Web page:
How Much is Too Much Exercise During IVF
From a young age, the importance of fitness and exercise is ingrained in our head. For many women, daily exercise is a way of life and a positive way to de-stress, keeping your body and mind in shape. Despite all that we’ve been taught about exercise, if you are undergoing IVF treatments you may want to stop and ask yourself, “How much is too much?”
Here are a few things to keep in mind before you put on your running shoes.
Exercising is Important But Don’t Overdue It
If you are a vigorous exerciser or amateur athlete, this is important advice to consider when undergoing IVF. Many studies indicate that increased physical activity decreases rates of conception.
According to a study published by Obstetrics and Gynecology, women who reported exercising four hours or more per week for one to nine years were 40% less likely to have a live birth, and twice as likely to have implantation failure. If you have a healthy exercise routine of approximately 30-60 minutes every other day, it’s important to continue to stay healthy and de-stressed during the fertility process.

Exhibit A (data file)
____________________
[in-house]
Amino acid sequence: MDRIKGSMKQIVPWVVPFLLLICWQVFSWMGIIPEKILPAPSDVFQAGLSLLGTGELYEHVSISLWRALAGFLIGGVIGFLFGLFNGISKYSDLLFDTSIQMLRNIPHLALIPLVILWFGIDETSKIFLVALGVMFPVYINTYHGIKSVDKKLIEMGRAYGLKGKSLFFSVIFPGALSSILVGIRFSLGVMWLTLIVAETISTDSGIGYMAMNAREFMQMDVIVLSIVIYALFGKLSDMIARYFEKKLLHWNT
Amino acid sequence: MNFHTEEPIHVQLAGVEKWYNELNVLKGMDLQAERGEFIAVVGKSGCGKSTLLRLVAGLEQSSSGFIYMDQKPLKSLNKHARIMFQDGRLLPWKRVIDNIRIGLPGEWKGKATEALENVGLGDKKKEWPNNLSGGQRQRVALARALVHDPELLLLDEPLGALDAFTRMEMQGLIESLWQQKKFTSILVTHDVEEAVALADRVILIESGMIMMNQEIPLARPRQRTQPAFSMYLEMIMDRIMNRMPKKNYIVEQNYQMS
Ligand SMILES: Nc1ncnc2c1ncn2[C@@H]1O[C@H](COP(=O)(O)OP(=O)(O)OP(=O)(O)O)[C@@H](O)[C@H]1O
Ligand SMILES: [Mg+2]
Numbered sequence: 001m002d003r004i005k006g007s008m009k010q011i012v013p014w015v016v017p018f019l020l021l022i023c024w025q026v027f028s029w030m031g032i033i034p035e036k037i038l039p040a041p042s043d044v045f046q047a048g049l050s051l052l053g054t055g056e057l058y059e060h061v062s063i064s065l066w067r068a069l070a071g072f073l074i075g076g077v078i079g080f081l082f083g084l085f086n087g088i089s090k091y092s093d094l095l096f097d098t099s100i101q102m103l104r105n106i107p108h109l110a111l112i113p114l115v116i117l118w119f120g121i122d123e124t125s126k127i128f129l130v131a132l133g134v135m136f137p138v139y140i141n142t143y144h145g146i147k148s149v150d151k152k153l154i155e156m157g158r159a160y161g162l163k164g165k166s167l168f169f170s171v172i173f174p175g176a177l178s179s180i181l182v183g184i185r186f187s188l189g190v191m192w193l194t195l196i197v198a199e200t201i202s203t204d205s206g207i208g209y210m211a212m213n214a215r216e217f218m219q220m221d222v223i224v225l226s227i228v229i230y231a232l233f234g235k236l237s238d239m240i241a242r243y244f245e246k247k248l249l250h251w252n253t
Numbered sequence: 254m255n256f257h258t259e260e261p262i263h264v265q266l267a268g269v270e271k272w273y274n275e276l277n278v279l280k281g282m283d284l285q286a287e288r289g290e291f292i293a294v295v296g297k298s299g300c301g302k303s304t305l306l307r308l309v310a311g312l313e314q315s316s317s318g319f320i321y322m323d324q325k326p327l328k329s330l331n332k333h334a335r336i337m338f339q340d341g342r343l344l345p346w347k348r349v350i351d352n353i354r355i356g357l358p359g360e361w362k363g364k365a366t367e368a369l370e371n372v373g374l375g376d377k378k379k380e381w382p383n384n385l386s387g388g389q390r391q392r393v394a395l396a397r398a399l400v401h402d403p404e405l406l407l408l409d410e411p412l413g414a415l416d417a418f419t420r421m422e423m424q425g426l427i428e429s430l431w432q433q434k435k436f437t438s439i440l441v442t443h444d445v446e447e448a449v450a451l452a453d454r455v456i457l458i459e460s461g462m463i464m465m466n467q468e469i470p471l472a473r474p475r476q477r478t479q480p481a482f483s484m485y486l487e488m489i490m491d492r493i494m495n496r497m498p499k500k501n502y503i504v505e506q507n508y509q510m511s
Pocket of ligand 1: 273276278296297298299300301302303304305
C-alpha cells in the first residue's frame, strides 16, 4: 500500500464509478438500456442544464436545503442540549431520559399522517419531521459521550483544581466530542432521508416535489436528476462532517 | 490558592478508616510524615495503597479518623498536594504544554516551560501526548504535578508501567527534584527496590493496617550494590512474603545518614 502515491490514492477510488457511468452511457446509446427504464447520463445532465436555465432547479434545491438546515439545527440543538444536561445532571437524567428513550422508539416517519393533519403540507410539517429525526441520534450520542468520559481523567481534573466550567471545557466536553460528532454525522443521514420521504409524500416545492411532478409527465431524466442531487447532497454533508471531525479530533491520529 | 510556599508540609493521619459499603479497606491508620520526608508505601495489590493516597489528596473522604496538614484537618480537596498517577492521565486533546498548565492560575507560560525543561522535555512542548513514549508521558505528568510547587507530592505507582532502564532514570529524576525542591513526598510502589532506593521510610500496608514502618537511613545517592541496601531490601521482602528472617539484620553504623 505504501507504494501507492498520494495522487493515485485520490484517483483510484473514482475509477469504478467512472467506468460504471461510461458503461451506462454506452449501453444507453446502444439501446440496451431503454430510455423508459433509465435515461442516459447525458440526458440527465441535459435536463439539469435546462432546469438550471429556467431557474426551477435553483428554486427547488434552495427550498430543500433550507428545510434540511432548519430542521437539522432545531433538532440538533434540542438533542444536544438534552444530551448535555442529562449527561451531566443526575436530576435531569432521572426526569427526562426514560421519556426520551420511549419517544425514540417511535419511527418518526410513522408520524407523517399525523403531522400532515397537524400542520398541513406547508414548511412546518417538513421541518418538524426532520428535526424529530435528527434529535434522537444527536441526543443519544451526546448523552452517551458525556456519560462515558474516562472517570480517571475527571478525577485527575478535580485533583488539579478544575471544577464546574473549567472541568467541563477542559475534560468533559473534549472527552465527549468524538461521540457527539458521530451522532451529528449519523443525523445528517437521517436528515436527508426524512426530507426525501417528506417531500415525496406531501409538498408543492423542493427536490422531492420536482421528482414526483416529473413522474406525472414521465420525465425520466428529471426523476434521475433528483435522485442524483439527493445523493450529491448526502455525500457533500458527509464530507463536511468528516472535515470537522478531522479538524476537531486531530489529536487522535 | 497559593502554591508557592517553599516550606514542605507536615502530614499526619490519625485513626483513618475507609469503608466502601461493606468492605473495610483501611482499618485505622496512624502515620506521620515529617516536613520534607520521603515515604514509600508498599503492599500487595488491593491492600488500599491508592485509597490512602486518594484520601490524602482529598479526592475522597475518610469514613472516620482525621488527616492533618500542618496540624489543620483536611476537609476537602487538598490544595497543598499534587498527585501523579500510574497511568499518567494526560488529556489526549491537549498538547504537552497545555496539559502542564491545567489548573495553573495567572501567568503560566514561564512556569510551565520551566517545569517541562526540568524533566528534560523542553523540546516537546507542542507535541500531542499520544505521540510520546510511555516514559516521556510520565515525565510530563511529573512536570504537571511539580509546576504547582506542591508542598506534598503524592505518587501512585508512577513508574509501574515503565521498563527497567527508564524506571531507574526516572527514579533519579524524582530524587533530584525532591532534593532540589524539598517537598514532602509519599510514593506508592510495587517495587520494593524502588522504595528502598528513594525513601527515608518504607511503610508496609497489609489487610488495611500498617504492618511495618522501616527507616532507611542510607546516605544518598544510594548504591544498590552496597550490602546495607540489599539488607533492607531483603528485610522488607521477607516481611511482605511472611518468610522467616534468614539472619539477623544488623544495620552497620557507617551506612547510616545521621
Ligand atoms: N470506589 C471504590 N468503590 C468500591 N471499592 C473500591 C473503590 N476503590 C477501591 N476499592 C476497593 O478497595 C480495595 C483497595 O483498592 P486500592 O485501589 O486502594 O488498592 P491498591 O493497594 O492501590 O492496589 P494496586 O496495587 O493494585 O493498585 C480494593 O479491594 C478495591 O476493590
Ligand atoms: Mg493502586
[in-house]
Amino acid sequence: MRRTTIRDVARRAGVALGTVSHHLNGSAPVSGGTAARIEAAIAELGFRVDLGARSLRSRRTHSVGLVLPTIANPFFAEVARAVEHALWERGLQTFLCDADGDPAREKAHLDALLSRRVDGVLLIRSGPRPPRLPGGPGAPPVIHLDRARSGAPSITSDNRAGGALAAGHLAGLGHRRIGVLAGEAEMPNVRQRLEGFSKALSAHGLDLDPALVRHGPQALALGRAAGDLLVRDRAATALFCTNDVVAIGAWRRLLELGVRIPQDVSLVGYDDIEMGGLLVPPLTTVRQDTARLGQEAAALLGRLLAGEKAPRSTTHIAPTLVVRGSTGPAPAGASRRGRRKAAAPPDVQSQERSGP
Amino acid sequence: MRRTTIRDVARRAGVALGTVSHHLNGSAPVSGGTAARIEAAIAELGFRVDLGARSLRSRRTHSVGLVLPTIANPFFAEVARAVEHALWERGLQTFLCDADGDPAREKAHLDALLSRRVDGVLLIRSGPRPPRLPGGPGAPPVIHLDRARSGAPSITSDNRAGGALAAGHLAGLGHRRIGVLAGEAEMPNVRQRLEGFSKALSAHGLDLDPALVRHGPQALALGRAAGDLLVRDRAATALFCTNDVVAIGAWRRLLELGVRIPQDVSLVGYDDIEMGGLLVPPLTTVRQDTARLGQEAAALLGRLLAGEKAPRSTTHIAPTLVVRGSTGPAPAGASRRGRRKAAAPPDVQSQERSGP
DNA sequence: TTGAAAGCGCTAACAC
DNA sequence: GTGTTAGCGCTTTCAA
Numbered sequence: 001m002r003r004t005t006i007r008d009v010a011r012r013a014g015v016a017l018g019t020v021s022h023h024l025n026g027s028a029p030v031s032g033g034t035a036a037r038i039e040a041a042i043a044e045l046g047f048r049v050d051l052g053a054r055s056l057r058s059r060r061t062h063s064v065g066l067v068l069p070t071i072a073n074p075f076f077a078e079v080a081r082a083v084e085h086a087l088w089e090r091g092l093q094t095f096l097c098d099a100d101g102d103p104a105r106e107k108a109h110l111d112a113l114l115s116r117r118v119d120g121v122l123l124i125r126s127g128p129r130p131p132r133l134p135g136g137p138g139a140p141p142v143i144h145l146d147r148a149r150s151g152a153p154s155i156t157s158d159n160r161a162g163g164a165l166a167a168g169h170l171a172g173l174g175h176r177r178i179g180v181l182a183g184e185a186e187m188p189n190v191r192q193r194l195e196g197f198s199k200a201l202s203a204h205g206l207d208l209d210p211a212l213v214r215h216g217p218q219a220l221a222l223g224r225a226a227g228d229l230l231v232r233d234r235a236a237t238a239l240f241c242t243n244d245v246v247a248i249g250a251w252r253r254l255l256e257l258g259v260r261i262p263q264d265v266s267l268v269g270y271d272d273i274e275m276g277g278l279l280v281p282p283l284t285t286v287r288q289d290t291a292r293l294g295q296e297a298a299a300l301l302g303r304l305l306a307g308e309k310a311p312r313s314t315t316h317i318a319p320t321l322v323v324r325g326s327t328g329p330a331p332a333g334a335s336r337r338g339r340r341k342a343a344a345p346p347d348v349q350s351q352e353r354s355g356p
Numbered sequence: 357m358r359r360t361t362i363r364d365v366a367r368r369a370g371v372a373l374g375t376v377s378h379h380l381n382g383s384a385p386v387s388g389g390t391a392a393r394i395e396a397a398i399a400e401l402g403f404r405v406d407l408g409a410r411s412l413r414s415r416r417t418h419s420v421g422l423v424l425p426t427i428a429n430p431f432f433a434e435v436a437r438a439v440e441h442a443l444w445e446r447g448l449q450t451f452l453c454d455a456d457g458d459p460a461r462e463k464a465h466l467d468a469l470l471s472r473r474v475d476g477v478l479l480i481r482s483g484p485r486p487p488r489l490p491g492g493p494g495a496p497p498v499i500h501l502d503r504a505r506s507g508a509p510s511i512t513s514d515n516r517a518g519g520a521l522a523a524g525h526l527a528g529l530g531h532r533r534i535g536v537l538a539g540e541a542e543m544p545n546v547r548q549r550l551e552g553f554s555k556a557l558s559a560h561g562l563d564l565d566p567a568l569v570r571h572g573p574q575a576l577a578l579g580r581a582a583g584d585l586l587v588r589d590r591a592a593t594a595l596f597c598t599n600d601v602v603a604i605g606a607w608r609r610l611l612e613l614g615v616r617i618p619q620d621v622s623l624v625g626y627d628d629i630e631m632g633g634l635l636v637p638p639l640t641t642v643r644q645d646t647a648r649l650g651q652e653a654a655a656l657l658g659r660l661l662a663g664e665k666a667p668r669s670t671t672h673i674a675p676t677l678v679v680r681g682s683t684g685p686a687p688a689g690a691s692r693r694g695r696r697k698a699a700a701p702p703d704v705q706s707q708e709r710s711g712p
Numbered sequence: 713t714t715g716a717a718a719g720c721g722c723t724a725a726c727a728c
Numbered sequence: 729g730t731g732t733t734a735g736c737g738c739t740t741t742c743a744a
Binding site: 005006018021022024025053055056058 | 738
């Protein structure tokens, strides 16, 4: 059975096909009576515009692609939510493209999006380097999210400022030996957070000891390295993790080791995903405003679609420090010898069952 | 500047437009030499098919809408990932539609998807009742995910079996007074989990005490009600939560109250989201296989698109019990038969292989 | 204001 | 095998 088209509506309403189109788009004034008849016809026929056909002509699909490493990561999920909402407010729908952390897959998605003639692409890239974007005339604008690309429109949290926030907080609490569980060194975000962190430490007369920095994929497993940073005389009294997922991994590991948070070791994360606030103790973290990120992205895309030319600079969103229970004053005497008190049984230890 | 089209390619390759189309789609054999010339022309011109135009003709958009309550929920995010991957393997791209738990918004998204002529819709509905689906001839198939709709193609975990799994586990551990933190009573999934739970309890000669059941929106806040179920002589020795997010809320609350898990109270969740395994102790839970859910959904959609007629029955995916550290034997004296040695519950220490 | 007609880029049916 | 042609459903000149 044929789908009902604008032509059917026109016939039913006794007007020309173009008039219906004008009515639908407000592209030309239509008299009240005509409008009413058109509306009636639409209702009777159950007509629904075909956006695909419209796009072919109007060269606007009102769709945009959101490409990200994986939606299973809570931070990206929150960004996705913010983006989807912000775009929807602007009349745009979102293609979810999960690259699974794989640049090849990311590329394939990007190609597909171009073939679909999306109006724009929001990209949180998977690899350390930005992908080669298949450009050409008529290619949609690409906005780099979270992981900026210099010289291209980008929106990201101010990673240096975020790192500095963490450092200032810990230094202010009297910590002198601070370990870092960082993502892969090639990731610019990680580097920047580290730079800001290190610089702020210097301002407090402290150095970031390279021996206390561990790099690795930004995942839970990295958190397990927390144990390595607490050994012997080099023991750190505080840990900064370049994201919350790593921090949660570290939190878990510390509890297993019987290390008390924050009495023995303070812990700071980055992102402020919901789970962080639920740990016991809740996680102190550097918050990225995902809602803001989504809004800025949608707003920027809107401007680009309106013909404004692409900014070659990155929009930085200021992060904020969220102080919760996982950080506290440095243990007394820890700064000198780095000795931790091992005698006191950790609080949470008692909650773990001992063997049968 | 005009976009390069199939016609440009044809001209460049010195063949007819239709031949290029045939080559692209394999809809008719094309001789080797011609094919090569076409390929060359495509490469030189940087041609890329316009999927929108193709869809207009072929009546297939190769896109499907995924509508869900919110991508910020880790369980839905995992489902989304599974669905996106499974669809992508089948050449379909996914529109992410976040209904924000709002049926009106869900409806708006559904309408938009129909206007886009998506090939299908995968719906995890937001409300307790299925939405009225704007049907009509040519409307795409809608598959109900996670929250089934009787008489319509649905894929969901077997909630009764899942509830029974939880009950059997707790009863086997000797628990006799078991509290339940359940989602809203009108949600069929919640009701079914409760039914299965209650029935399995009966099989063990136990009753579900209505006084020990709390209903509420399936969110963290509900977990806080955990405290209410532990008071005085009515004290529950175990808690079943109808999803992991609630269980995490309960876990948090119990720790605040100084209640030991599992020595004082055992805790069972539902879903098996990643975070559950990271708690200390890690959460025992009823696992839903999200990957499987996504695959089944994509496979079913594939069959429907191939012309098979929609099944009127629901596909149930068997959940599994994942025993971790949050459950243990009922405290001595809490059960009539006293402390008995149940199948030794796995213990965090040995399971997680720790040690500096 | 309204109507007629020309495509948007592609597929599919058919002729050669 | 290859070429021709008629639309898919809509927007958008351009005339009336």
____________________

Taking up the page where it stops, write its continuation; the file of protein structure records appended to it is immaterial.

Turn Your High Impact into Low Impact
The idea that high-impact exercise lowers your chances of pregnancy is a controversial one. Taking a fall, or simply injuring yourself can add stress which may impact your reproductive health. Many women place blame upon themselves if they are not successful, whether or not certain activities actually change the chances of reproductive success. Consider alternative exercises that lower these risks, like walking outside or on a treadmill, or using a recumbent bike.
Listen to Your Body
If you’re undergoing IVF, chances are you’ll be a little more tired than normal. Instead of climbing to the top of a rope at your CrossFit class, you might feel more like relaxing on the couch with your favorite show. Listen to your body. Not doing so may compromise your health and the success of your IVF treatment.
Look for Alternative Ways to De-stress
We know how important exercise can be to your mental health, especially when undergoing fertility treatments. It might be time to consider alternative methods to manage your stress other than exercise. Try yoga, meditation, or a new hobby like painting or pottery making.
Staying healthy with appropriate exercise and other stress relieving activities will keep you focused on the long-term goal of bringing home your baby will certainly make the time pass more easily.
WENDY SCHILLIGNS, MD, FACOG
Dr. Schillings is a board certified reproductive endocrinologist, obstetrician and gynecologist. She leads all aspects of patient care at RMAPA. In addition, she formerly led the medical team at RE & I Specialist with the Lehigh Valley Physician Group. Dr. Schillings is chief of the Division of Reproductive Endocrinology and Infertility at Lehigh Valley Hospital Health Network and Clinical Associate Professor of Obstetrics and Gynecology at Penn State College of Medicine.